Minor hockey prepares for new season

Greater Trail Minor Hockey Association teams take to the ice in earnest this week.

Greater Trail Minor Hockey Association teams take to the ice in earnest this week, and although this year’s registration is down from the approximately 350 registered last year, GTMHA continues to look for solutions to bolster its numbers.

“Every division can use more kids,” said Park. “Realistically, we’re making teams as small as 11 or 12 kids where ideally you would rather be around 14 or 15.”

While numbers have yet to be finalized, the Junior Novice or Initiate division attracted fewer first-time players for the second year in a row at its opening evaluation Saturday.

“The last count I heard was in the mid-50s but I’d rather see it in the 70s, because 50 or 60 kids in Junior Novice is 40 or 50 in Bantam,” said Park.

Nevertheless, the GTMHA is taking steps to attract young players and get more parents involved.

In the Junior Novice division, for five and six year olds, rather than make separate teams and run a full season, all players practice as a group with the focus on skill development and fun, with the season  divided into two sessions.

“We’re trying to prevent it from being four-or-five day a week hockey all the time for the little kids,” said Park. “It is skill development . . . we’re trying to get to an almost hockey-school format where you’re breaking your ice into zones, and developing your skills, and then having fun scrimmages.”

The Junior Novice player is guaranteed one ice time during the week and one slot on Saturday, with an optional hour of skill-development offered on another weekday.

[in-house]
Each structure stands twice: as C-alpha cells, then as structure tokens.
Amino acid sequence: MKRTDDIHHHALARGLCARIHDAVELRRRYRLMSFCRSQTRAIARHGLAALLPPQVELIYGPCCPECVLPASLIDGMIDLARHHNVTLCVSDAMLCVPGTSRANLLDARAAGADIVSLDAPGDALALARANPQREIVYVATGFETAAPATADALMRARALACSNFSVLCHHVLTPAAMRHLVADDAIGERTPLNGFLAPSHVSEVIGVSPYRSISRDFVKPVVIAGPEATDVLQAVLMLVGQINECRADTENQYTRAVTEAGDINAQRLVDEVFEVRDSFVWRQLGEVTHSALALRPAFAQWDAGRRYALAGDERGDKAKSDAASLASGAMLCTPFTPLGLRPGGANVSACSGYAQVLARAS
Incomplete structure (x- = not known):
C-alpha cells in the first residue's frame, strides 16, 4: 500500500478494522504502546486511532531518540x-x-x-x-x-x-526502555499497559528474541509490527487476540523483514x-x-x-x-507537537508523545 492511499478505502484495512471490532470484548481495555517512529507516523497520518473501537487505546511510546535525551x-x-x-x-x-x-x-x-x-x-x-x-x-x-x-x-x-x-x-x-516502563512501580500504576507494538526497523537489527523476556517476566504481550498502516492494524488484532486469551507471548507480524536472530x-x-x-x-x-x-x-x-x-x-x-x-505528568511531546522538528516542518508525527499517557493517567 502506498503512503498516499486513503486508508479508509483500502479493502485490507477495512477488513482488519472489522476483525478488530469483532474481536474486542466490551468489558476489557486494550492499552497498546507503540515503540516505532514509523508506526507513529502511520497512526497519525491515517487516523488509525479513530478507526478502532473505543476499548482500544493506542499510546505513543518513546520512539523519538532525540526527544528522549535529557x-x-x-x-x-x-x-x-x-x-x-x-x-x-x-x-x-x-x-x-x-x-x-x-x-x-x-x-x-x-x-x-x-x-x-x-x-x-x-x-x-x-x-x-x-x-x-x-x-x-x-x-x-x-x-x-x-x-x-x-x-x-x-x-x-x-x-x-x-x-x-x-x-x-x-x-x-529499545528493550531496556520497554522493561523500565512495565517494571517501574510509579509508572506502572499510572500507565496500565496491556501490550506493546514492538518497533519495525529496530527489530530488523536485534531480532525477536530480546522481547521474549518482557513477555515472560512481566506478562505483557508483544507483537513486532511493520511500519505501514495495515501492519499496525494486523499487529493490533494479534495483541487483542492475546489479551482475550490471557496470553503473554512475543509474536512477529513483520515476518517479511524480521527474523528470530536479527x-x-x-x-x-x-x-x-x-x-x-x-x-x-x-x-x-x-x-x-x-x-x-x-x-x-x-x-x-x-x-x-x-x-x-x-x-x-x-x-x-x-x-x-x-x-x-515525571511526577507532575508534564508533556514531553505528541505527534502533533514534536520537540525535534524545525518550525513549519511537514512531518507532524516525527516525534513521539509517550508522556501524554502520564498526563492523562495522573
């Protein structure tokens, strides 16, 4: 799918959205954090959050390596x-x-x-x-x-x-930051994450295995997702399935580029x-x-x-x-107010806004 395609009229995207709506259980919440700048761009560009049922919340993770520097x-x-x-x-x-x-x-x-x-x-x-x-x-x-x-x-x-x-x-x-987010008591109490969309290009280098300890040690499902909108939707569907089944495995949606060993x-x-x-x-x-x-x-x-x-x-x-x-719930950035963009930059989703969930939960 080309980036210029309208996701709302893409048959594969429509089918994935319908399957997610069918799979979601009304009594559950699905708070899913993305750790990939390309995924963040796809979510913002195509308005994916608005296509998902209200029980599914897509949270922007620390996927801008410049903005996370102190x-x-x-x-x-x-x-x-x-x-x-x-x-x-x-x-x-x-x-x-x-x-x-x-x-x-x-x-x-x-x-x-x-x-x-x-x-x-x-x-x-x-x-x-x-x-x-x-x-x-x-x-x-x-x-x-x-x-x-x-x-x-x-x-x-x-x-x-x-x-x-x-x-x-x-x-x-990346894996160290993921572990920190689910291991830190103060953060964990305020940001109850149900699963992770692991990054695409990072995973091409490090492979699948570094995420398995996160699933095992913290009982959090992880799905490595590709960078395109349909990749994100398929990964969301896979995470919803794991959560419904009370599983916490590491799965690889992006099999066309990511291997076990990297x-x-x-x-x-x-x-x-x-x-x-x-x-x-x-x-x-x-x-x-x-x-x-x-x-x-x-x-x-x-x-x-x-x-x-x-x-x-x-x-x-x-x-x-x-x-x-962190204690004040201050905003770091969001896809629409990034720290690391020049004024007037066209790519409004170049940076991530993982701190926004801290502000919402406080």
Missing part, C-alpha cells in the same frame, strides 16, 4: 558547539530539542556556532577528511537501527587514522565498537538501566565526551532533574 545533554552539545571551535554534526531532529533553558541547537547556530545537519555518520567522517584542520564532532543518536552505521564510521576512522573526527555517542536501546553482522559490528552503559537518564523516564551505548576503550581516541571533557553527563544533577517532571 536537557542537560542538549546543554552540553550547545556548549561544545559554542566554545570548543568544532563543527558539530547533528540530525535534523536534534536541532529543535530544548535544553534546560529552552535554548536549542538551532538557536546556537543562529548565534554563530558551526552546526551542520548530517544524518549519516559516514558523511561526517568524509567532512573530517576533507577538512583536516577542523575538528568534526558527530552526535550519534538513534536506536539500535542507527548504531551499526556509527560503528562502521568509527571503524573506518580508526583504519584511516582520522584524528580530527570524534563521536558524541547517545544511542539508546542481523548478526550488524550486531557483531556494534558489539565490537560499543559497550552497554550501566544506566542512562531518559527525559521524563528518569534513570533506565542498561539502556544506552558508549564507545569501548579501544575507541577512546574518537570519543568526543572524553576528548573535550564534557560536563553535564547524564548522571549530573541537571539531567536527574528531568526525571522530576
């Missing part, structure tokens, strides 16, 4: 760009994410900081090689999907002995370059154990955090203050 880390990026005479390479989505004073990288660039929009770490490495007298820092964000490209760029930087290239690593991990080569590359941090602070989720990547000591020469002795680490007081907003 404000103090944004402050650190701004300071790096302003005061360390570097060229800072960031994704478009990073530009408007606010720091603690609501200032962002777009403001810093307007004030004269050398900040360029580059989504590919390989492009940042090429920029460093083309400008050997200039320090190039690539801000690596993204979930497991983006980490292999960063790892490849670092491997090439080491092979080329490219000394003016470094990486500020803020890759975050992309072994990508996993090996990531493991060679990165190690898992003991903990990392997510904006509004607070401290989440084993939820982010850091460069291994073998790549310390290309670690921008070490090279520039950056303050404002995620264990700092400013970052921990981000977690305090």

More importantly, the association is trying to establish consistent ice times in an effort to ease both first-time player and parents into Greater Trail’s rich hockey culture.

“The whole idea is to introduce kids to hockey, not over-commit them . . . you don’t want to create a situation where the parents are doing a dance when the kid says, ‘I want to quit’.”

The first session will run to Nov. 16 for a fee of $125, that includes a wind-up tournament on the final weekend. The second session runs from Nov. 22 and ends with the Novice tournament Mar. 1.

As for the Senior Novice, Atom, Pee Wee, Bantam and Midget house teams, evaluations have also begun and will continue until games start next week.

Of the five divisions, GTMHA has seen its biggest jump in numbers in Midget.

“We’re currently dealing with a little bit of a bumper crop of Midget-aged kids that have come back to hockey, so we might actually end up with a third House team,” said Park.

The GTMHA House teams play in a West Kootenay House League that include teams from Castlegar and Nelson, and, this season, will also introduce teams from Washington State.

Players are also required to have their Sports Passes in order to play at the Cominco Arena, and despite the additional red tape, GTMHA is working with the City of Trail to expedite the process.

Rep Hockey:

The GTMHA will ice Tier 2 Pee Wee, Bantam, and Midget Rep teams, which will again participate in the Okanagan Mainline Hockey Association (OMAHA), a competitive league with teams from Penticton, West Kelowna, Kelowna, Salmon Arm, Kamloops, and Vernon.

“It’s been a good experience. I think it’s four years now since we’ve been doing OMAHA, and it’s been very good for the teams.”

There will also be a Pee Wee Tier 3 team playing against West Kootenay teams.